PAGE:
Nursing Review Issue 3 May-June 2022 - Page 27

clinical practice those people who are not in the high-risk categories , just because that keeps the circulation of the virus a bit lower and gives us a stronger force shield against the current Omicron variant .
clinical practice those people who are not in the high-risk categories , just because that keeps the circulation of the virus a bit lower and gives us a stronger force shield against the current Omicron variant .
Our wastage is sitting at around 10 per cent of vaccine doses , which is disappointing . But again , on clarifying with the Vaccine Operations Centre , there ’ s no benchmark for this , but around about 15 per cent of wastage is expected when vaccine programs are rolled out in campaign mode , when there ’ s a high degree of advertising , and around about 40 per cent of wastage is expected in a routine context .
While 10 per cent is a significant number and it ’ s disappointing we can ’ t give it to people in need , certainly , it ’ s been calibrated into part of the vaccine rollout and well-known in international literature .
We ’ re doing okay . We can always do better , as we know , but multi-dose vials present their own challenges , and also expiry dates and logistical transport makes some of that a challenge .
A lot of low-income countries still have a low vaccination rate , such as Papua New Guinea . How is this possible ? I did talk with one of the senior chief medical officers regarding Papua New Guinea , and there ’ s a lot of challenges regarding language , distrust of white person ’ s medicine , and collating people together . We know as doctors and nurses there ’ s a lot of social and psychological issues to get through in administering a vaccination campaign . It ’ s very evident in places like Papua New Guinea that those social , emotional and cultural factors are fairly high in terms of challenging our ability to vaccinate that population .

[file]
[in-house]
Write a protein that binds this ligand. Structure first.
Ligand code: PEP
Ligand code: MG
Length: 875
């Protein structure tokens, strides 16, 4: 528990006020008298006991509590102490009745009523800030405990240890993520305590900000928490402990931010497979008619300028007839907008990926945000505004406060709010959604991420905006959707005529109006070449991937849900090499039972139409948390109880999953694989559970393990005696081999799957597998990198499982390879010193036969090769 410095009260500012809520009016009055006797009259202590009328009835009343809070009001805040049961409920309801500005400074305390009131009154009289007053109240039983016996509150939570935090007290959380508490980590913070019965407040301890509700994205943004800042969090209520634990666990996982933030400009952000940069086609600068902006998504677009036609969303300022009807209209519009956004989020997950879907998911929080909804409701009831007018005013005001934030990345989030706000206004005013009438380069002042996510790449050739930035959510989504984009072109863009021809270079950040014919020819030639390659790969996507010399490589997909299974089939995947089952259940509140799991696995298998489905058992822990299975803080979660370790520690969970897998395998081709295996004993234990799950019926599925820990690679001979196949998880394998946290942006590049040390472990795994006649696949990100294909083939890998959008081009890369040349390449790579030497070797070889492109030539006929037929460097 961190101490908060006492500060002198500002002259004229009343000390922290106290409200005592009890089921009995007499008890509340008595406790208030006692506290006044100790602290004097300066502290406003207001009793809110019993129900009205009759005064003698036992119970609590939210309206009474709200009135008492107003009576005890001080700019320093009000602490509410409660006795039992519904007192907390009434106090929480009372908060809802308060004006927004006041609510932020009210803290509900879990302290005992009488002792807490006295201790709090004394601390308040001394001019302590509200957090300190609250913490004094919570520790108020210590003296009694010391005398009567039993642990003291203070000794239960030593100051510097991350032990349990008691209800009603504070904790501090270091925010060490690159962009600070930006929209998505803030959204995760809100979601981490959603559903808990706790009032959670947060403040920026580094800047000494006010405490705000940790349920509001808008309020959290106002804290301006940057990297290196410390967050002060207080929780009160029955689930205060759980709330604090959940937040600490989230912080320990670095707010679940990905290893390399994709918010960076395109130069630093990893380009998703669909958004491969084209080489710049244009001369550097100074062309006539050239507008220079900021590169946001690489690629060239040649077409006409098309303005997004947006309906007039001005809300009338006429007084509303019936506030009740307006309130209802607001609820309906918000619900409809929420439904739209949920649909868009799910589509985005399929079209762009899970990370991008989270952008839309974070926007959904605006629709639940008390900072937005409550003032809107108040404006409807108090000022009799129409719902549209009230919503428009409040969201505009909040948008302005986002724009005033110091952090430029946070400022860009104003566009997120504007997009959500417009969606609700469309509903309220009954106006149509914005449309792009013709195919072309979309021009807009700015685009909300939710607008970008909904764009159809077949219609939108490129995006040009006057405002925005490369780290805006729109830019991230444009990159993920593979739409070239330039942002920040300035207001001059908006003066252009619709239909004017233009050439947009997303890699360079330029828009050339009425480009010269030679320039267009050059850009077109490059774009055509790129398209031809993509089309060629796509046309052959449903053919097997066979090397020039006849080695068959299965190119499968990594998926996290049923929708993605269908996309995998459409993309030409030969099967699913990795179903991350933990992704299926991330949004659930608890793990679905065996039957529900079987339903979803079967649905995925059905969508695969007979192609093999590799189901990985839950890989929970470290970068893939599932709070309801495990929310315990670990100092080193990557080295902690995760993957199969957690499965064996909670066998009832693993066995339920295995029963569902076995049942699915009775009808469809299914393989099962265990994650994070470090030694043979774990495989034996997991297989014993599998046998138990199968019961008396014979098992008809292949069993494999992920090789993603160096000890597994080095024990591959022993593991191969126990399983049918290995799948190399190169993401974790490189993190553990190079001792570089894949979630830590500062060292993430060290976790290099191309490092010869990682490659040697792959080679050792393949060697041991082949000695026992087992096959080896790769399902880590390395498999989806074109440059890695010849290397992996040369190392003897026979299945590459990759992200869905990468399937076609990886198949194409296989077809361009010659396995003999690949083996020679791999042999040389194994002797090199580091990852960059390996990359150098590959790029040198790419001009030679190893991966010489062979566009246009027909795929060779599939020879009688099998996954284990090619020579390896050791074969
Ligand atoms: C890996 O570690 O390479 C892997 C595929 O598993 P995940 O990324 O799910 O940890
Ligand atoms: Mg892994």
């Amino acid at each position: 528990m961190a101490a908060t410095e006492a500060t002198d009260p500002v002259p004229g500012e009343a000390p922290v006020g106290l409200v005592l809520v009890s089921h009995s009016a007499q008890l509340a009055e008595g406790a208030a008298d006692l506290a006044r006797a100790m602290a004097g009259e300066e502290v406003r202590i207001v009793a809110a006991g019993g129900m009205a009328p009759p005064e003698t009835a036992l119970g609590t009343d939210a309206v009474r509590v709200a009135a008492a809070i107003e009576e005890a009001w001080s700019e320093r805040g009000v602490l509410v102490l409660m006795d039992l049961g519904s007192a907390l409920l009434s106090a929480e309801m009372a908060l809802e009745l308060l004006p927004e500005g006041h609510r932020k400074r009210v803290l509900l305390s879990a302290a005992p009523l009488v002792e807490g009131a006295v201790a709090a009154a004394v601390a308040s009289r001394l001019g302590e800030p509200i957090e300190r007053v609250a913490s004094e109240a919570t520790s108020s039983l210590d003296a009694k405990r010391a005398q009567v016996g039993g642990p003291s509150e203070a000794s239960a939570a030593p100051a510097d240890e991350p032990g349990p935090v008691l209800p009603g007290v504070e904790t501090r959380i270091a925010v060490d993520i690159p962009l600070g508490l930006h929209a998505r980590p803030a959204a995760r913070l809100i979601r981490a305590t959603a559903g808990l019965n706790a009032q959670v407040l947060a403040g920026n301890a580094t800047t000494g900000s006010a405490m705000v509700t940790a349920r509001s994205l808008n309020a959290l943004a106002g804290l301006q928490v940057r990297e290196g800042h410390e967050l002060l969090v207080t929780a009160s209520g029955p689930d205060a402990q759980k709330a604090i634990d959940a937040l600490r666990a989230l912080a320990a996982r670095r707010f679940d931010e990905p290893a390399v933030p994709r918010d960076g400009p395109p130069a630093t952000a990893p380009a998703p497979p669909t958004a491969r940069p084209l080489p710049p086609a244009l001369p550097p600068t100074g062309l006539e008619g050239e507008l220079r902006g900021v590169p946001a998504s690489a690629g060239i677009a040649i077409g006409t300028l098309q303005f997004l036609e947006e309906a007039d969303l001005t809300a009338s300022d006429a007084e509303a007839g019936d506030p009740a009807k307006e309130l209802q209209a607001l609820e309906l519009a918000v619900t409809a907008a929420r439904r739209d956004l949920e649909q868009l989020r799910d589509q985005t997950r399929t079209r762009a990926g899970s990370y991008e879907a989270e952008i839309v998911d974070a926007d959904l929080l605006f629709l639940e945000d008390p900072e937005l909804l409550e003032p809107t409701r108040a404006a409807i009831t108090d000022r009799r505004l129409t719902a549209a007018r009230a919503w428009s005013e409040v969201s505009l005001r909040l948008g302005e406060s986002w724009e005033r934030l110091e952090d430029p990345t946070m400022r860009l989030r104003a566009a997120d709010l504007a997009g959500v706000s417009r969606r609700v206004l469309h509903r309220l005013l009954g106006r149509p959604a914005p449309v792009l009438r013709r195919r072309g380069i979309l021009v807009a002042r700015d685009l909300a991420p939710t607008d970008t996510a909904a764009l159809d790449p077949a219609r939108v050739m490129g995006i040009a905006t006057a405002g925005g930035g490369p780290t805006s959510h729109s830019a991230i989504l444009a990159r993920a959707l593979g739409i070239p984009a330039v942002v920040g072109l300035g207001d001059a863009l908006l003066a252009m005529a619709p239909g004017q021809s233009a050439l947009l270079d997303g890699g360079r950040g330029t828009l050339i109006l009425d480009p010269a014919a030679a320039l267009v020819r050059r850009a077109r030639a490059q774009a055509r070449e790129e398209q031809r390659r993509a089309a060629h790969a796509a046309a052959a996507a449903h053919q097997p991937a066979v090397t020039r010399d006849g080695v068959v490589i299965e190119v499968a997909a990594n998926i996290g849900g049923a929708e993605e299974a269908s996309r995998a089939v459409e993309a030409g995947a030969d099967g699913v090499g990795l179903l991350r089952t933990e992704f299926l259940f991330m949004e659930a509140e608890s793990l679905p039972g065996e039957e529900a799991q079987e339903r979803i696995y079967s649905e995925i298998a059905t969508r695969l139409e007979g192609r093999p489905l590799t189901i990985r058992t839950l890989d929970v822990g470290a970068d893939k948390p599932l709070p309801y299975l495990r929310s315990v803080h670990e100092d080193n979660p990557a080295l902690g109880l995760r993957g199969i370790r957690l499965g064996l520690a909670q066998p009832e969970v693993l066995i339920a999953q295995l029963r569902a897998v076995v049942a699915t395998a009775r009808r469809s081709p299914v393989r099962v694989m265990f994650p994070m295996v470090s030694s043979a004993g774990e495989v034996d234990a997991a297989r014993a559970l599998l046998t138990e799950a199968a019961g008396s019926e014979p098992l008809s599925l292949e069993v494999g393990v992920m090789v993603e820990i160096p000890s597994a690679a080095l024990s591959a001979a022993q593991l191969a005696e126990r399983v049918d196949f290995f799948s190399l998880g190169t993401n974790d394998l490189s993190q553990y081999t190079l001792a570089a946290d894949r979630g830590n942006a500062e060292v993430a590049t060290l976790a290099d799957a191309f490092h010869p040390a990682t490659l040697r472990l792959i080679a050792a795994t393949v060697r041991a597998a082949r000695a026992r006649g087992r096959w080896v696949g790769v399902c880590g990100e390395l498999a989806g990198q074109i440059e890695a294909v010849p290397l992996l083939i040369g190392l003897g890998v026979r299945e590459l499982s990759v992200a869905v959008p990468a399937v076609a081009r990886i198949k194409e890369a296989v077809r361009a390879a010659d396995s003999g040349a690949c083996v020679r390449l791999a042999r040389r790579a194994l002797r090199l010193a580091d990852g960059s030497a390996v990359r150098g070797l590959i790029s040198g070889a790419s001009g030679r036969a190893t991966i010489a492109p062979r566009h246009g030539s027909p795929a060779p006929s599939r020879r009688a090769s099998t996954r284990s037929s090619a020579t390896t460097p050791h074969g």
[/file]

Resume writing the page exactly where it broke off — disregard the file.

Do you know how this has affected the nurses and GPs working in underdeveloped countries ? Doctors and nurses are fatigued . They ’ ve had such a challenging time over the last two years and continue to be faced with very challenging situations with patients and politicisation of the pandemic , as well as facing their own issues with protective equipment and available resources .
I imagine in low-income countries there ’ s an even greater challenge morally and ethically about how this is rolling out for their communities , and also their own families and for themselves . We have effects on us as healthcare providers , which are as yet unknown and unquantified , but there ’ s certainly some people who are going to investigate that effect and impact upon healthcare workers more broadly : about how this pandemic has affected them , both psychologically and obviously physically and materially .
What important role do GPs and nurses play in general in the rollout of COVID-19 vaccinations ? General practice teams have been absolutely fabulous . I know at my practice , the nurses have been instrumental with our practice managers in setting up the clinics and basically running them with support from the GPs themselves . And that collaborative environment is one I hope that nurses value as much as doctors . We really enjoy working with our nursing staff and working together as a team .
In terms of how we ’ ve impacted Australia , we ’ ve done an enormous job . We ’ ve done so much heavy lifting in this space . And even though general practice had less access to protective personal equipment in terms of government supplies , we still stepped up and did the majority of the community vaccination .